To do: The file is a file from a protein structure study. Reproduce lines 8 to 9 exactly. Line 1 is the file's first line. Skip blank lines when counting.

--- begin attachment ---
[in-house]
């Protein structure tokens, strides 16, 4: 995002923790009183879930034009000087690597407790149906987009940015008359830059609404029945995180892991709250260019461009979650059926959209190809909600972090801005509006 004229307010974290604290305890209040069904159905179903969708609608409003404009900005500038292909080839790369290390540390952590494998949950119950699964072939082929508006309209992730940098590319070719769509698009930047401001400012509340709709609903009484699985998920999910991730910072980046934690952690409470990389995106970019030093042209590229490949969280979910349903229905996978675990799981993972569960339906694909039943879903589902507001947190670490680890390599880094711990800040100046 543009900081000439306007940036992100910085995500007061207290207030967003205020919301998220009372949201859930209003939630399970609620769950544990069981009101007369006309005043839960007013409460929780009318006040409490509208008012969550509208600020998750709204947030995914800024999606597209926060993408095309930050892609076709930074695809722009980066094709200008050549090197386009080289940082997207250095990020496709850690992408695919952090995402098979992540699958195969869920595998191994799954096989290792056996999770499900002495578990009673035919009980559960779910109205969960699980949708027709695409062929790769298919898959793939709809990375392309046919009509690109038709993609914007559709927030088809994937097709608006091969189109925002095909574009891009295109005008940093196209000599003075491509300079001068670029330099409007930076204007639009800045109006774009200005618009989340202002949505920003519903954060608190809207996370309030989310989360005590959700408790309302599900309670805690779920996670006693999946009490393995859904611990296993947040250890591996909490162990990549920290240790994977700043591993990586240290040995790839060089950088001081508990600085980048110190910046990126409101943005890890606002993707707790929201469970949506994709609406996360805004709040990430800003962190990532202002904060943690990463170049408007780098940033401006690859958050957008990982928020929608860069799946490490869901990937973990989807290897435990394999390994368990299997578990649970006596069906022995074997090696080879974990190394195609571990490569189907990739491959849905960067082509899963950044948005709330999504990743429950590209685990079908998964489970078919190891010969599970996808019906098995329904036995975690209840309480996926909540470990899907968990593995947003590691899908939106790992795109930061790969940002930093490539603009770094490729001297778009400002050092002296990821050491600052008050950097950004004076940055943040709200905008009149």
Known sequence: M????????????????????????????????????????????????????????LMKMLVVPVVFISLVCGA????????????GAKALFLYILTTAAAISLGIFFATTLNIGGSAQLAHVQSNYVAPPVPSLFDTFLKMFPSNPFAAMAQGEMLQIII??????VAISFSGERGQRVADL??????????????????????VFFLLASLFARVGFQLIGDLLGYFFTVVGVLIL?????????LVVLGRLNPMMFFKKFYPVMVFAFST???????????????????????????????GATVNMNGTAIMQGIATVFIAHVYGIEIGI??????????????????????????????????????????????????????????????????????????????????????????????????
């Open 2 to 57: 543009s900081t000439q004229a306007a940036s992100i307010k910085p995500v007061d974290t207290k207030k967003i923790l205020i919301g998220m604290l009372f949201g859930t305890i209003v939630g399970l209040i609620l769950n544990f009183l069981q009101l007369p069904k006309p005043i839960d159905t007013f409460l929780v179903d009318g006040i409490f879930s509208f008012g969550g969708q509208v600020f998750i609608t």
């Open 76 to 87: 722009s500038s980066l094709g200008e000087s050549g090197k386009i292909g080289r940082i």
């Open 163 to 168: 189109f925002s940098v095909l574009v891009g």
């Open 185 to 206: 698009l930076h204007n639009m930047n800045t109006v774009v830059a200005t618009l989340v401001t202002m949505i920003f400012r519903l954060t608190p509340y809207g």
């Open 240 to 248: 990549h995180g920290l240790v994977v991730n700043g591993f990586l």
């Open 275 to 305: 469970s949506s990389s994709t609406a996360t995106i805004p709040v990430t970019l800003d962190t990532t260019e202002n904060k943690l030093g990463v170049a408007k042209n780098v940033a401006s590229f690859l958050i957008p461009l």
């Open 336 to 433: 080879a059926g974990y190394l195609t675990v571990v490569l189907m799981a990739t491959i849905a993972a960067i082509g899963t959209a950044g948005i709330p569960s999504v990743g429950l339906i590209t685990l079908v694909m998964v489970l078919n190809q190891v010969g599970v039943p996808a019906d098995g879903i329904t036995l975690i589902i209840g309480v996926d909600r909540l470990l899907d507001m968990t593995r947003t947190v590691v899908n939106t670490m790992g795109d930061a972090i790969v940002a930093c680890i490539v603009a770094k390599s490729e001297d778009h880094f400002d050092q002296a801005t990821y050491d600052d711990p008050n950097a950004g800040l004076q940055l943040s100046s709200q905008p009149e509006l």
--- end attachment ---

């Open 240 to 248: 990549h995180g920290l240790v994977v991730n700043g591993f990586l």
């Open 275 to 305: 469970s949506s990389s994709t609406a996360t995106i805004p709040v990430t970019l800003d962190t990532t260019e202002n904060k943690l030093g990463v170049a408007k042209n780098v940033a401006s590229f690859l958050i957008p461009l």